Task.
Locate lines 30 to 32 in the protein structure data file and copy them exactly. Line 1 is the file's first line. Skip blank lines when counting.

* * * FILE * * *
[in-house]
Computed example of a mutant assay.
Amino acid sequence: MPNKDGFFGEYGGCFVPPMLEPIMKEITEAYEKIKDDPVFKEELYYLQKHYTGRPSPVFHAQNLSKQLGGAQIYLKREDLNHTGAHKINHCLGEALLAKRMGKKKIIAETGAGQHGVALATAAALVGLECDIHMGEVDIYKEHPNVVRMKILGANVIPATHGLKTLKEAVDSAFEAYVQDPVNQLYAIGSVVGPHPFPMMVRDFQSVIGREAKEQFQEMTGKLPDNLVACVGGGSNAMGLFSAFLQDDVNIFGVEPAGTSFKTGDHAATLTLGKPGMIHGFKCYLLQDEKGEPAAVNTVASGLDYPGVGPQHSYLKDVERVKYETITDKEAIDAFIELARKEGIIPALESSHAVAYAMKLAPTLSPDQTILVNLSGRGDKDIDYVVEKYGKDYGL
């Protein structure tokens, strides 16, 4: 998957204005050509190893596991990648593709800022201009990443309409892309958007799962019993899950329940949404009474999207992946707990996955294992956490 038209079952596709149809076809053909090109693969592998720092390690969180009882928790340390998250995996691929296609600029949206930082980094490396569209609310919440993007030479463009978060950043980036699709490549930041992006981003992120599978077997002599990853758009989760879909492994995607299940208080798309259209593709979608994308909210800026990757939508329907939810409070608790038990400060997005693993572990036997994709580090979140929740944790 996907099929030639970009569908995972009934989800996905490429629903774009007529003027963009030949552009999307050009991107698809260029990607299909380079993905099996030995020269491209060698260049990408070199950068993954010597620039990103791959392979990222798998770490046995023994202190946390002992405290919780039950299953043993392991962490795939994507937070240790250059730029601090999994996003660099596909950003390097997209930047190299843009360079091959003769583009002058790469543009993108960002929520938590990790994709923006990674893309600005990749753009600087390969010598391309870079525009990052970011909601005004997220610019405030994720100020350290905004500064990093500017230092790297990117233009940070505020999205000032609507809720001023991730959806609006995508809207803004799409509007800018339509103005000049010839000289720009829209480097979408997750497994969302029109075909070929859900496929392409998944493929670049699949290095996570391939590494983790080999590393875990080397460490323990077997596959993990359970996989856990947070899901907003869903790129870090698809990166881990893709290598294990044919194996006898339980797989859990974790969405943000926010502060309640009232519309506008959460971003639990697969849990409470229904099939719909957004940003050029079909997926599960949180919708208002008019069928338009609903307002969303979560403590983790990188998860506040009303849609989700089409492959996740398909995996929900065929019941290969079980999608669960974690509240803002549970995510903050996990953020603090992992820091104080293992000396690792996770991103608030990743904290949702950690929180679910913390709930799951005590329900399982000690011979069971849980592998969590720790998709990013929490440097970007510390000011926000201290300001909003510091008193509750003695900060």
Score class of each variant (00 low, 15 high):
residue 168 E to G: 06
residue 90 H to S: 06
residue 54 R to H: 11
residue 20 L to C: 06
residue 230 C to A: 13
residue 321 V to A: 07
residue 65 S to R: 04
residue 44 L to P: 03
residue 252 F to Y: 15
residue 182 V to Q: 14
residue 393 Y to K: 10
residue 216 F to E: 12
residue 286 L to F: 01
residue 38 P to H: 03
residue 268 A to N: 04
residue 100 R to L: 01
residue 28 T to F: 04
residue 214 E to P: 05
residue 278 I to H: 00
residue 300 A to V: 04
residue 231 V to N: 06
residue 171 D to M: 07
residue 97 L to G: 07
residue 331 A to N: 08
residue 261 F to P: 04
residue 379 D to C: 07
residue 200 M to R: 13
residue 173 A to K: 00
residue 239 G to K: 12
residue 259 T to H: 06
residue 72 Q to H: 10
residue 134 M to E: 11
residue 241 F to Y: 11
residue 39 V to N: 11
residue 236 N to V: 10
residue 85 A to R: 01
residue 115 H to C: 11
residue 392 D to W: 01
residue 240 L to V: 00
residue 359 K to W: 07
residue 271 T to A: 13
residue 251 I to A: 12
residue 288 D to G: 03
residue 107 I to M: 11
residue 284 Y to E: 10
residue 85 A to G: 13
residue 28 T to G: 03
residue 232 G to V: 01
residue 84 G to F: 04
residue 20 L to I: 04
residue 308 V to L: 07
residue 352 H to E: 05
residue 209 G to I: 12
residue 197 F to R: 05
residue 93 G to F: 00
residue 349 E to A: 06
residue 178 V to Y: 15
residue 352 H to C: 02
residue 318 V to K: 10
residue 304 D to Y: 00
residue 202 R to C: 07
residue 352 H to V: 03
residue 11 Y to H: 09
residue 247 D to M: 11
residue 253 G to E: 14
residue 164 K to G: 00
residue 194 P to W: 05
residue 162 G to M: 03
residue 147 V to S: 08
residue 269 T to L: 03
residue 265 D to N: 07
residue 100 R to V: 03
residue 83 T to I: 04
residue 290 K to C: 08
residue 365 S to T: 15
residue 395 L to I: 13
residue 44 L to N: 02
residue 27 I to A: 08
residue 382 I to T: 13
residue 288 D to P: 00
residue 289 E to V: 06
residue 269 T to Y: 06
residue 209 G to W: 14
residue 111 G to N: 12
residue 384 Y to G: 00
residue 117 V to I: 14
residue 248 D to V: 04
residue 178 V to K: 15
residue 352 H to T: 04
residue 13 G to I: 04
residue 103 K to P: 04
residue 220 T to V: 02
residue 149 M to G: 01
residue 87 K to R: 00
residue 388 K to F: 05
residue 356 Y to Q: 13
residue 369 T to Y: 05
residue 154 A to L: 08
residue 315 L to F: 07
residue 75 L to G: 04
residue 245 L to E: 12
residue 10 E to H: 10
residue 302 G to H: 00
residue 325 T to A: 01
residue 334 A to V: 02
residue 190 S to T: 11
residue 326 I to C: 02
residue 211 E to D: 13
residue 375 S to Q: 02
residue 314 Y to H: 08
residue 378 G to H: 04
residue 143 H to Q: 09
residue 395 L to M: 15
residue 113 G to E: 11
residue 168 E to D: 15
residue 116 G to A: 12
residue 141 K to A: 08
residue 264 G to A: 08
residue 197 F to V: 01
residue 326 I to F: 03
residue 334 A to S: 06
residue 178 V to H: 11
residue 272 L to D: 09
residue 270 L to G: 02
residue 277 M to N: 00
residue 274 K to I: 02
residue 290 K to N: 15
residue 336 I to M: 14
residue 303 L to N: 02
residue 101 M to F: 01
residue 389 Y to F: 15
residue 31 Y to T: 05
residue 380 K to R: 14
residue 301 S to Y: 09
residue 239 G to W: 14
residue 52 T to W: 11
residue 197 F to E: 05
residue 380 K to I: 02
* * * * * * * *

residue 261 F to P: 04
residue 379 D to C: 07
residue 200 M to R: 13